Social and Interpersonal Development

The Art Of Asking People to Put Their Phone Away

Delaney Ruston, MD
June 4, 2019
Jennifer Lawrence holding a trophy

In 2016, when actress Jennifer Lawrence was talking to the press after winning a Golden Globe for her performance in the movie “Joy,” she told a reporter to put their phone away. “You can’t live your whole life behind your phone, bro,” she told the reporter while waving her finger. “You can’t do that, you know, you have to live in the now,” she continued. The reporter responded by saying, “sorry, sorry, sorry.”

Studies have shown that the mere presence of a cell phone puts our brains on alert for potential distractions, making cognitive functioning, and connecting in person difficult. So why aren’t we asking people more often to give us their full attention and put the phone away?

Let’s talk about the art of asking people to put their phone away. The way you approach the ask is key to its effectiveness. I have asked dozens of middle and high schoolers whether they ever ask friends to put their phones away. About 80% of them tell me they have. When I inquire about their tactic, many say what works them is to just be straight forward and say something like “Hey, can you put please your phone away.” A couple of people have said that they don’t ask but instead leave the room, hoping the person will get the clue.

Often youth are together looking at YouTube videos, and when that is happening they tend not to ask for phones to be put away. But, when one or many of the friends are clearly just communicating with someone else via their phone, is the time when someone is more likely to ask for phones to be put away.

Adults seem to ask this much less often but clearly, there are times when a direct ask, or a little nudge, can be helpful to the situation at hand. My teen daughter, Tessa, and I were talking today about how people ask for phones to be put away. Then, later in the day, I was driving her somewhere, and she was checking her phone, and I said “Hey, what are you doing?” because she knows we have a no-phone-in-the-car rule. She laughed and said, “That’s how you always ask me to put my phone away — ”Hey, what are you doing?”  She was right, that is often my go-to for the family.

But let’s think of situations not involving our family members such as trying to have a conversation with a friend at school or friend at work who are clearly having a long conversation or other preoccupation on the phone.

Let’s consider some example phrases – could you see yourself ever saying something like any of the following?

  • “You seem really busy, should we shoot for another time together instead of now?” Just that one sentence can result in the person apologizing and putting their device away.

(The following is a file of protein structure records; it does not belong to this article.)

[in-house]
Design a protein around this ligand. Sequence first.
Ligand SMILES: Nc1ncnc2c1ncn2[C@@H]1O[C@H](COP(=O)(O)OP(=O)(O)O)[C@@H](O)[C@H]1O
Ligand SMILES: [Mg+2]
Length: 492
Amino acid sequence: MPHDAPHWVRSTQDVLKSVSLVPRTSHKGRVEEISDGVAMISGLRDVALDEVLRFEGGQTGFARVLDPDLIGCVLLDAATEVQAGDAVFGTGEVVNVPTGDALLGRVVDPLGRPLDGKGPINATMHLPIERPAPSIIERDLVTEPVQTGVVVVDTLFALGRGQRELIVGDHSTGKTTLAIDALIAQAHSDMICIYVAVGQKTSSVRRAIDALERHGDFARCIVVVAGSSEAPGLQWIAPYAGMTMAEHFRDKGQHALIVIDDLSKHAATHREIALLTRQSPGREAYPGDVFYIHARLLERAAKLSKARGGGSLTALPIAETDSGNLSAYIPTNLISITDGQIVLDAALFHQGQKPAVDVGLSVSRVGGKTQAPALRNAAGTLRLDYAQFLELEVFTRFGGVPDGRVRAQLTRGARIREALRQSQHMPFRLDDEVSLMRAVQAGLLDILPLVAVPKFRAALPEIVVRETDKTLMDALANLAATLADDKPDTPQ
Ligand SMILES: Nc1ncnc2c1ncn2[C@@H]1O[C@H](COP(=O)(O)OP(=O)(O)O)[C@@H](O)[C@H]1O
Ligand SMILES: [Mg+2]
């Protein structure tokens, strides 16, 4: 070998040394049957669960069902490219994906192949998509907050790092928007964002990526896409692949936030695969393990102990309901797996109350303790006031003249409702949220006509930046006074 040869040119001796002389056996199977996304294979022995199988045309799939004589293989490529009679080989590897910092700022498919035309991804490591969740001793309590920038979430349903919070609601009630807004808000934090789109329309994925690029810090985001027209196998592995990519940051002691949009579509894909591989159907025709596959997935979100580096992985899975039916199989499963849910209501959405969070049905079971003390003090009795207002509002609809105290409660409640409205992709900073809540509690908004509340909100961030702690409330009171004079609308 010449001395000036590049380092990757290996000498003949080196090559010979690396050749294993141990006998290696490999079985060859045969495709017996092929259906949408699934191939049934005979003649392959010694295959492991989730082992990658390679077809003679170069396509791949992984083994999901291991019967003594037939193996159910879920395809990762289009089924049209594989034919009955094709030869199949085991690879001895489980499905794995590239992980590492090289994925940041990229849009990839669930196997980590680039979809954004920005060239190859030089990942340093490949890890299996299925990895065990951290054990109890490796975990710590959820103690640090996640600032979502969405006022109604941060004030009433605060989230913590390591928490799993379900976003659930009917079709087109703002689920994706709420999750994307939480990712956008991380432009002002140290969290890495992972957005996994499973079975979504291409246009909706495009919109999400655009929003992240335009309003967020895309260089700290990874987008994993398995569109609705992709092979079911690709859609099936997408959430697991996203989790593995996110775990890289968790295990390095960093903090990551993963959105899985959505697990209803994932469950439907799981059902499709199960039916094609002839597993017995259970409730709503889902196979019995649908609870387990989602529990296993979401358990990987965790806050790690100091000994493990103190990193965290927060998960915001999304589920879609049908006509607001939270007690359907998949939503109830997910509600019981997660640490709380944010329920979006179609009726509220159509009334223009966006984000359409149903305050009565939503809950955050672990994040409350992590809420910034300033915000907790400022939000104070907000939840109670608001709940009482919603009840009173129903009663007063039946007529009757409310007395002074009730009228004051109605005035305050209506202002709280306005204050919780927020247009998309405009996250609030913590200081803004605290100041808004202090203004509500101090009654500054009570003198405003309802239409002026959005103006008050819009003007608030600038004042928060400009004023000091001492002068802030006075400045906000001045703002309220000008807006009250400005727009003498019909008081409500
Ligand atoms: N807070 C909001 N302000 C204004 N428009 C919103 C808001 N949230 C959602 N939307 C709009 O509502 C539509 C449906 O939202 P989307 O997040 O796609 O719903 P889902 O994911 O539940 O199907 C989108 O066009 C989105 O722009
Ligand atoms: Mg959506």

• Another example, “It would be great to have your attention. I know many others want it right now too. What are your thoughts?”
  • Or, how about “Would you mind waiting until we are done to use your phone?”  

One helpful approach is to try to get ahead of the situation. In Screenagers there is a scene where a group of teenagers is out at a restaurant, and they all put their phones in the middle of the table and the first one to check their phone pays the bill. How about trying this with your family but the first one to check it has to do the dishes?

Elaine Giolando, who writes for Fast Company, not long ago decided enough was enough and began asking people to put their phones down. “It’s an experiment in doing something pretty unthinkable these days: asking for someone’s full attention,” she writes in the article. “It takes some vulnerability to speak up, but I’ve found it’s also provoked worthwhile conversations about the importance of being present.”

Undistracted presence fosters connection and trust in a relationship. There is nothing wrong with asking the person you are with to put the phone down. But how we do it is important.

A final note, here a few videos that are fun to watch on the subject:

  • Adam Levine of Maroon 5 asking the crowd at one of their packed concerts to put their phones away for the next song.
  • A video from Fog and Smog Films about putting your phone away.  

For this TTT, talk with your family about the art of asking people to put their device away to get people’s full attention. Here are some questions to get you started:

  1. Have you heard people ask others to put their phone away? Have you done it?
  2. What are “wrong” or rude ways of asking? What are effective ways to ask?
  3. What approaches do some teachers have that you find respectful and effective?
  4. How can we do better at asking each other for device-less attention?

Here are 3 other TTTs you might be interested in:

Vacation, Time to Unplug?
Ways to Manager Screen Time this Summer
Vacation from Notifications

We would love for you to share this TTT any way that works for you, whether that’s on social media or via a newsletter. If you want to send it out in your newsletter we just ask that you credit us and link to our website, and let us know at lisa@screenagersmovie.com.

HOST A SCREENING to help spark change.
FIND EVENT LISTINGS

Do you organize professional development in schools? We now have a 6-hour, 3-part training module. Request more information here Professional Development.

Stay in touch with the Screenagers community on Facebook, Twitter and leave comments below.


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Social and Interpersonal Development